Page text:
Lisa Kemmerer, Speaking Up for Animals: An Anthology of Women's Voices

Lisa Kemmerer
“Free range,” “cage free,” and “certified humane” labels are just as meaningless for farmed animals as are “all natural” labels. Just like farmed animals enslaved by organic industries, farmed animals exploited by “free range,” “cage free,” and “certified humane” producers are routinely debeaked, disbudded, detoed, castrated, their tails are docked, and/or they are branded (depending on the species). Neither do “free range” and “certified humane” labels protect cows from perpetual impregnation, pregnancy, birth, calfsnatching, transport, or dismemberment (slaughter) at a very young age. Finally, “free range,” “cage free,” and “certified humane” labels fail to help “spent” hens, who are sent to slaughter at the same youthful age.”
Lisa Kemmerer, Speaking Up for Animals: An Anthology of Women's Voices

Lisa Kemmerer
“Most consumers are unaware of the ongoing, intense suffering and billions of premature deaths that lurk behind mayonnaise and cream, cold cuts and egg sandwiches.”
Lisa Kemmerer, Speaking Up for Animals: An Anthology of Women's Voices

Lisa Kemmerer
“Even with the onset of contemporary animal advocacy, and the unavoidability of at least some knowledge of what goes on in slaughterhouses and
on factory farms, most of us choose to look away—even feminists. Collectively, feminists remain largely unaware of the well-documented links between the exploitation of women and girls, and the exploitation of cows, sows, and hens.”
Lisa Kemmerer, Speaking Up for Animals: An Anthology of Women's Voices

Lisa Kemmerer
“Even with the onset of contemporary animal advocacy, and the unavoidability of at least some knowledge of what goes on in slaughterhouses and on factory farms, most of us choose to look away—even feminists. Collectively, feminists remain largely unaware of the well-documented links between the exploitation of women and girls, and the exploitation of cows, sows, and hens.”
Lisa Kemmerer, Speaking Up for Animals: An Anthology of Women's Voices

Lisa Kemmerer
“There is no other industry as cruel and oppressive as factory farming. With regard to numbers affected, extent and length of suffering, and numbers of premature deaths, no other industry can even approach factory farming. Billions of individuals are exploited from genetically engineered birth, through excruciating confinement, to conveyor belt dismemberment. Consequently, there is no industry more appropriate for social justice activists to boycott.”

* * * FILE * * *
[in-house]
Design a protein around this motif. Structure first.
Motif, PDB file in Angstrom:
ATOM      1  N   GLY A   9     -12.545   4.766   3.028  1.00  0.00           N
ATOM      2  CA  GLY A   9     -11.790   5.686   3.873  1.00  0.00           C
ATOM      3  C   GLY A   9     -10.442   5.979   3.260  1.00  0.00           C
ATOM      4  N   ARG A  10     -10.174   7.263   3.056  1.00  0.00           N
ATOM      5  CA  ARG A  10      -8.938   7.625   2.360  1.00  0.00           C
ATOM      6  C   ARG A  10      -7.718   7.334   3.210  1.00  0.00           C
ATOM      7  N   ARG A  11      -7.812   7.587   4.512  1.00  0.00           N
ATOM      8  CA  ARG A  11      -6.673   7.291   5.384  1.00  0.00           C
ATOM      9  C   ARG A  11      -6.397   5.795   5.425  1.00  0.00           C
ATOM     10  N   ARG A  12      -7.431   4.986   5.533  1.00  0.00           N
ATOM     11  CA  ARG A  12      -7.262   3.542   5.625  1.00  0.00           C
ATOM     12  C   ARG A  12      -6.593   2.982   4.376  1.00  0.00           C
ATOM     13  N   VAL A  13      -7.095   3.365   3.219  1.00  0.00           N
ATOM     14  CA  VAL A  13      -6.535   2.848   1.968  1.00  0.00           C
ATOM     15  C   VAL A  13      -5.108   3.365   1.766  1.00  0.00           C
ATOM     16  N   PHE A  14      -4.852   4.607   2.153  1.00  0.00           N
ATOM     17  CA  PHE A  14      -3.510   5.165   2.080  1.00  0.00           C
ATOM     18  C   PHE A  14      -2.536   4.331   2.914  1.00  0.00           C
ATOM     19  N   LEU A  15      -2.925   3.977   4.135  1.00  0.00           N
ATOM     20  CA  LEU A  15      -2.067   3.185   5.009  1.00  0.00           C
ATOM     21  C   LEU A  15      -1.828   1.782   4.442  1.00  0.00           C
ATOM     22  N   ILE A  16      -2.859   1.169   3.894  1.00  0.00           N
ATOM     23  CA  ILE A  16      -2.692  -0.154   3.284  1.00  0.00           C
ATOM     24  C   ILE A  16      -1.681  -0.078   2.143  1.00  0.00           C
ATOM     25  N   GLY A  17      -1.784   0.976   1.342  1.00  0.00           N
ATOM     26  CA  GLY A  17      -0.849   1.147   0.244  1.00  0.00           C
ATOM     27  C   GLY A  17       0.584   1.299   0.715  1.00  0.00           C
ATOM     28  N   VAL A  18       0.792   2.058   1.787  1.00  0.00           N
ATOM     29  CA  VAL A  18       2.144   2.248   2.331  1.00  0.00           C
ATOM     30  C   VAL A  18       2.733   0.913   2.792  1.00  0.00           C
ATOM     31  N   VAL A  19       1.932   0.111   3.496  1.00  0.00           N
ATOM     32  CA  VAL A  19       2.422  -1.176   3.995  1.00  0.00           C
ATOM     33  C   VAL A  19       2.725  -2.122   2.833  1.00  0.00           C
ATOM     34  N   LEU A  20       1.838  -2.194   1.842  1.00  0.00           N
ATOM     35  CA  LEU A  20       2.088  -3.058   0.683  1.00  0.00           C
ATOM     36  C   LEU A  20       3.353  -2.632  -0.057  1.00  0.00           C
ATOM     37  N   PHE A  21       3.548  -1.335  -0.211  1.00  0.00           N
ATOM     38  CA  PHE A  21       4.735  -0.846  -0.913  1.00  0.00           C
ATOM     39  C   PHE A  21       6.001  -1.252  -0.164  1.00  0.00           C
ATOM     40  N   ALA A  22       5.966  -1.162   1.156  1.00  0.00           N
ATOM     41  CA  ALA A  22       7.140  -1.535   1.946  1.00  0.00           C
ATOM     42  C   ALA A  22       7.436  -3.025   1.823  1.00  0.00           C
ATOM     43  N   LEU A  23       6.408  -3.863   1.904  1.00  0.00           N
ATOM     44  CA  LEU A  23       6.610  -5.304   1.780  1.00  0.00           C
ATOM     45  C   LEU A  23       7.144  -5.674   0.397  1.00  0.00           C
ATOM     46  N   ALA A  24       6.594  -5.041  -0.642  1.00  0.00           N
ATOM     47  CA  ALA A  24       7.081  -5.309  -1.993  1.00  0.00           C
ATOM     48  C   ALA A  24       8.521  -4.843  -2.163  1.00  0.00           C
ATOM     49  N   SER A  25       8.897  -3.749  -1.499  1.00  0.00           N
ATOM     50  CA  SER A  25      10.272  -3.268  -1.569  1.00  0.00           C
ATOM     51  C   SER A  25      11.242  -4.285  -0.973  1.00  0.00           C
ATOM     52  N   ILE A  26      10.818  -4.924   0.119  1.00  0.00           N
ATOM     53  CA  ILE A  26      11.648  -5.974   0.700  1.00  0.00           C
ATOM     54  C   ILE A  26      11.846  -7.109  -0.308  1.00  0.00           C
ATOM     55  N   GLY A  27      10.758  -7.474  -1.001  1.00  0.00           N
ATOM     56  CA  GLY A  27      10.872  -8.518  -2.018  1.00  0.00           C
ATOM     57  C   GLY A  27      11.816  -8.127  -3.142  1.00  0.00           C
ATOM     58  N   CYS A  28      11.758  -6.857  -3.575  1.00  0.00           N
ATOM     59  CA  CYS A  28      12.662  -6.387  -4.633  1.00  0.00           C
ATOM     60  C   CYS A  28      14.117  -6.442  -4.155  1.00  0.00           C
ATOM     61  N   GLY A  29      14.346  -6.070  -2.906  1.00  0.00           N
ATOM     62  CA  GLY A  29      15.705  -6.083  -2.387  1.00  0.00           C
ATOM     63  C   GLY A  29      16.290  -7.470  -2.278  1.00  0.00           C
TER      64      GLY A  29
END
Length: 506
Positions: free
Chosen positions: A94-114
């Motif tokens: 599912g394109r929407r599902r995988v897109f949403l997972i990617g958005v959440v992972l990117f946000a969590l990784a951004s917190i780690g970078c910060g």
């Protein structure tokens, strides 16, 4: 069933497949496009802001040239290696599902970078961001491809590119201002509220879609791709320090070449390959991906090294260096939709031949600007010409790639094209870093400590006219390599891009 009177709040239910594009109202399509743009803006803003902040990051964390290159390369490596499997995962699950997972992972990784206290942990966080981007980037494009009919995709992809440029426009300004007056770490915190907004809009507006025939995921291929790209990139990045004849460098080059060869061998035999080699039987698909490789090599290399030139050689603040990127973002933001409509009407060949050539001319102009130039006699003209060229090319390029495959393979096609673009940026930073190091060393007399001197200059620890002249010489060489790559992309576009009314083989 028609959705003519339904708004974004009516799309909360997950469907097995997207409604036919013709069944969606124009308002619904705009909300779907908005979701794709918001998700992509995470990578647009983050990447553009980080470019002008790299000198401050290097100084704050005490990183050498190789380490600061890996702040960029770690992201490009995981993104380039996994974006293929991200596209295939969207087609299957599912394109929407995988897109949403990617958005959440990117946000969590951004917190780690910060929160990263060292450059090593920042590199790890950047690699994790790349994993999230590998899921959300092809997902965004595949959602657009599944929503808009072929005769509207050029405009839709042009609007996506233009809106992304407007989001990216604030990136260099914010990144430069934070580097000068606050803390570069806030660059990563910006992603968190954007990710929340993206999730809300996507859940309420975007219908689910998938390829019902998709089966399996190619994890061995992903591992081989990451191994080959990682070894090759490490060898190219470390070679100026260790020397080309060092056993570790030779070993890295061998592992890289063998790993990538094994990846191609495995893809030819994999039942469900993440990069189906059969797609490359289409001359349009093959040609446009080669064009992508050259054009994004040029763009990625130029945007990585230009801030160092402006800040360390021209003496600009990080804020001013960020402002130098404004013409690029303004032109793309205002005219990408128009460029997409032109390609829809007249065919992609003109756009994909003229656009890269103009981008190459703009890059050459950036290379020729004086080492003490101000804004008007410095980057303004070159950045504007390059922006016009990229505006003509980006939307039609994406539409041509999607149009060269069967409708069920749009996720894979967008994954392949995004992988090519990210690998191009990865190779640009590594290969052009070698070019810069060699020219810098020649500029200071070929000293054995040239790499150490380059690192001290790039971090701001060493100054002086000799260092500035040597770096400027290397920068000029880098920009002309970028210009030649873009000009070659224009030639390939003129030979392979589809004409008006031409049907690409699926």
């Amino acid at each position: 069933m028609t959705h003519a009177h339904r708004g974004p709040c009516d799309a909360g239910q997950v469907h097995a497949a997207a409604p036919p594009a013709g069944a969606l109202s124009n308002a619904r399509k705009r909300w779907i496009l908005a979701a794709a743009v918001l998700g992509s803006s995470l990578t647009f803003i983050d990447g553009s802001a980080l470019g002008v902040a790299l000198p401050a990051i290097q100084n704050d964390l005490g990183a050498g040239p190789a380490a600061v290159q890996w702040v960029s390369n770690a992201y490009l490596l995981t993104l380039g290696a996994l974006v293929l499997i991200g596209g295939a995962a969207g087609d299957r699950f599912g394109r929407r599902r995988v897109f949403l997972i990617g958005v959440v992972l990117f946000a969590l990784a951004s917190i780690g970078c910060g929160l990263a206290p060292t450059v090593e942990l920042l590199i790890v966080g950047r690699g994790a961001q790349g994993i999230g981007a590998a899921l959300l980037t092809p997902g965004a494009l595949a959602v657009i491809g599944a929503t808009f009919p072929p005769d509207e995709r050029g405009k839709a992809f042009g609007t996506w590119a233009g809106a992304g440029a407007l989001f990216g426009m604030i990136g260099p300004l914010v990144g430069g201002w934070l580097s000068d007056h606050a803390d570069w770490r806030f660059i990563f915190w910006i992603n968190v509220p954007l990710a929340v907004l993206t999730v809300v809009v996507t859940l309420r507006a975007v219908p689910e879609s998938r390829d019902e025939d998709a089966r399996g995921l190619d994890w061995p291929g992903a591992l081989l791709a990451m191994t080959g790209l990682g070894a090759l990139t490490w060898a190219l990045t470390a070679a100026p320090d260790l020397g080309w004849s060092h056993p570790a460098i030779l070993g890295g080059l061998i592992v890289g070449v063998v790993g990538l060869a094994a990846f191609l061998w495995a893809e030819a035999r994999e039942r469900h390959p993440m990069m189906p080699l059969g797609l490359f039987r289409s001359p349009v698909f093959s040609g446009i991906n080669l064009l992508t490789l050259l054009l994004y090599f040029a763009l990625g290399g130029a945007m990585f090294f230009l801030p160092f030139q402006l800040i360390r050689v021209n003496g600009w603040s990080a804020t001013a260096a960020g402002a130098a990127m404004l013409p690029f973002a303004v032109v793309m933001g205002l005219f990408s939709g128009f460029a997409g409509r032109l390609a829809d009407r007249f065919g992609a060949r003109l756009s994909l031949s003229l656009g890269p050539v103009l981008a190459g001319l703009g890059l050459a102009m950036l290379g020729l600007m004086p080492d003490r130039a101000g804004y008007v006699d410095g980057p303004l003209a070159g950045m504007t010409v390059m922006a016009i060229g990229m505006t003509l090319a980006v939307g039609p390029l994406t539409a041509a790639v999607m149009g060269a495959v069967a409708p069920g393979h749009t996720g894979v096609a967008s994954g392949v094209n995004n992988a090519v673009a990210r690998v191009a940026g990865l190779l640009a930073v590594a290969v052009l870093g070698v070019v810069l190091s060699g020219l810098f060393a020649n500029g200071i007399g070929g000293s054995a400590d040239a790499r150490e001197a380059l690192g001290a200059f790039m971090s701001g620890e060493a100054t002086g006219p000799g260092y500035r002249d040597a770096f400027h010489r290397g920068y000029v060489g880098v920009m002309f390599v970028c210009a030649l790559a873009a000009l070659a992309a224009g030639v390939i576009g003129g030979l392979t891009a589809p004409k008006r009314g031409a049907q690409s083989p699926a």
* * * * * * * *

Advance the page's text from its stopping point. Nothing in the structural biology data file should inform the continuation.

Lisa Kemmerer, Speaking Up for Animals: An Anthology of Women's Voices

Lisa Kemmerer
“With regard to farmed animals, we are the ones who are in power. We are the ones who have the power to change our consumer habits. We are the ones who either put our money down for their lives, or boycott animal products.”
Lisa Kemmerer, Speaking Up for Animals: An Anthology of Women's Voices

Lisa Kemmerer
“Religious people tend to be unaware that chewing on a chicken’s body purchased at a grocery store contradicts the core religious ideals of every major religious tradition. Still other religious people do not take their religious commitment seriously and therefore do not care one way or the other about anymal suffering and slaughter.”
Lisa Kemmerer, Animals and World Religions

Lisa Kemmerer
“The number of individuals enslaved and slaughtered on factory farms every year exponentially surpasses—by trillions—any form of exploitation of human beings anywhere, at any time.”
Lisa Kemmerer, Animals and World Religions

Lisa Kemmerer
“Not one of the world’s largest religious traditions teaches that anymals are of lesser importance, or that their suffering might be overlooked while we remedy problems that are more central to human needs and wants. On the contrary—religious traditions hold human beings accountable for their actions with regard to anymals.”
Lisa Kemmerer, Animals and World Religions

“Reforms in
Agriculture, the service sectors, vehicles and factories play a key role in tackling the economic downturn in India.”
Srinivas Mishra

“We liberals and progressives need to do a better job at verbalizing what we are for, and not just what we are against. If we want a public option, we must make the case for it. Every time the Republicans start talking about the corruption, waste, and negligence of “Big Government,” we should talk about those same qualities in Big Corporations. If we want to end factory farming, decrease income inequality, and end discrimination in all its insidious forms, we must fight for those things and so much more. It is a subtle but important difference to stand for equality rather than to merely stand against inequality, and I believe that within this positive framework, more transformative arguments can be made.”
Michael Bihovsky